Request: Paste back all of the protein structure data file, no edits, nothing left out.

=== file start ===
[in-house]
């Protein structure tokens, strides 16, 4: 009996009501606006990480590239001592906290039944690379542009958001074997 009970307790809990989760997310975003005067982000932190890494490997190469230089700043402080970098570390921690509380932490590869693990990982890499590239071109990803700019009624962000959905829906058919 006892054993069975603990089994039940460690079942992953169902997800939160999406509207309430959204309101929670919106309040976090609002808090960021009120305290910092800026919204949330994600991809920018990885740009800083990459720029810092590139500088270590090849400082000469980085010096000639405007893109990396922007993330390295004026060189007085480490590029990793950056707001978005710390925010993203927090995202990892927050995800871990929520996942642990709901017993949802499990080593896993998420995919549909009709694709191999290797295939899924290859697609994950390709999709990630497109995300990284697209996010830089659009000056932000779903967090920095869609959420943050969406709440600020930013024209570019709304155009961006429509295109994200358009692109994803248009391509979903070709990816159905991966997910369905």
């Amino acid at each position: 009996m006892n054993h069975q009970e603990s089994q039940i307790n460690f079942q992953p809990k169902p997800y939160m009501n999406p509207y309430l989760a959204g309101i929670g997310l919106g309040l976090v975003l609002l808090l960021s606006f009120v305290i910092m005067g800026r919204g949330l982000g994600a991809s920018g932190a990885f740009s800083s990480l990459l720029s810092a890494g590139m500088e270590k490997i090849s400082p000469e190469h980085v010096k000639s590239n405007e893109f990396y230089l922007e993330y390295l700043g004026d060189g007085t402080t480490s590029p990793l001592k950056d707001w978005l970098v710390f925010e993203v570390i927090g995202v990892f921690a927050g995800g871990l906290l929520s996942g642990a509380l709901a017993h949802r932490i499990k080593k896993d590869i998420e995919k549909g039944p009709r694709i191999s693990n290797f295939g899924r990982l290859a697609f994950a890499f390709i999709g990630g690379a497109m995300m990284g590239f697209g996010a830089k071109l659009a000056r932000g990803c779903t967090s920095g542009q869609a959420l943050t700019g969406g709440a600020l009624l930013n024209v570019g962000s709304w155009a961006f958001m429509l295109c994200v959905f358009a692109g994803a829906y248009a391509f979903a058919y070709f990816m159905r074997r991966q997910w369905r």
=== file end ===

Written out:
[in-house]
């Protein structure tokens, strides 16, 4: 009996009501606006990480590239001592906290039944690379542009958001074997 009970307790809990989760997310975003005067982000932190890494490997190469230089700043402080970098570390921690509380932490590869693990990982890499590239071109990803700019009624962000959905829906058919 006892054993069975603990089994039940460690079942992953169902997800939160999406509207309430959204309101929670919106309040976090609002808090960021009120305290910092800026919204949330994600991809920018990885740009800083990459720029810092590139500088270590090849400082000469980085010096000639405007893109990396922007993330390295004026060189007085480490590029990793950056707001978005710390925010993203927090995202990892927050995800871990929520996942642990709901017993949802499990080593896993998420995919549909009709694709191999290797295939899924290859697609994950390709999709990630497109995300990284697209996010830089659009000056932000779903967090920095869609959420943050969406709440600020930013024209570019709304155009961006429509295109994200358009692109994803248009391509979903070709990816159905991966997910369905």
């Amino acid at each position: 009996m006892n054993h069975q009970e603990s089994q039940i307790n460690f079942q992953p809990k169902p997800y939160m009501n999406p509207y309430l989760a959204g309101i929670g997310l919106g309040l976090v975003l609002l808090l960021s606006f009120v305290i910092m005067g800026r919204g949330l982000g994600a991809s920018g932190a990885f740009s800083s990480l990459l720029s810092a890494g590139m500088e270590k490997i090849s400082p000469e190469h980085v010096k000639s590239n405007e893109f990396y230089l922007e993330y390295l700043g004026d060189g007085t402080t480490s590029p990793l001592k950056d707001w978005l970098v710390f925010e993203v570390i927090g995202v990892f921690a927050g995800g871990l906290l929520s996942g642990a509380l709901a017993h949802r932490i499990k080593k896993d590869i998420e995919k549909g039944p009709r694709i191999s693990n290797f295939g899924r990982l290859a697609f994950a890499f390709i999709g990630g690379a497109m995300m990284g590239f697209g996010a830089k071109l659009a000056r932000g990803c779903t967090s920095g542009q869609a959420l943050t700019g969406g709440a600020l009624l930013n024209v570019g962000s709304w155009a961006f958001m429509l295109c994200v959905f358009a692109g994803a829906y248009a391509f979903a058919y070709f990816m159905r074997r991966q997910w369905r």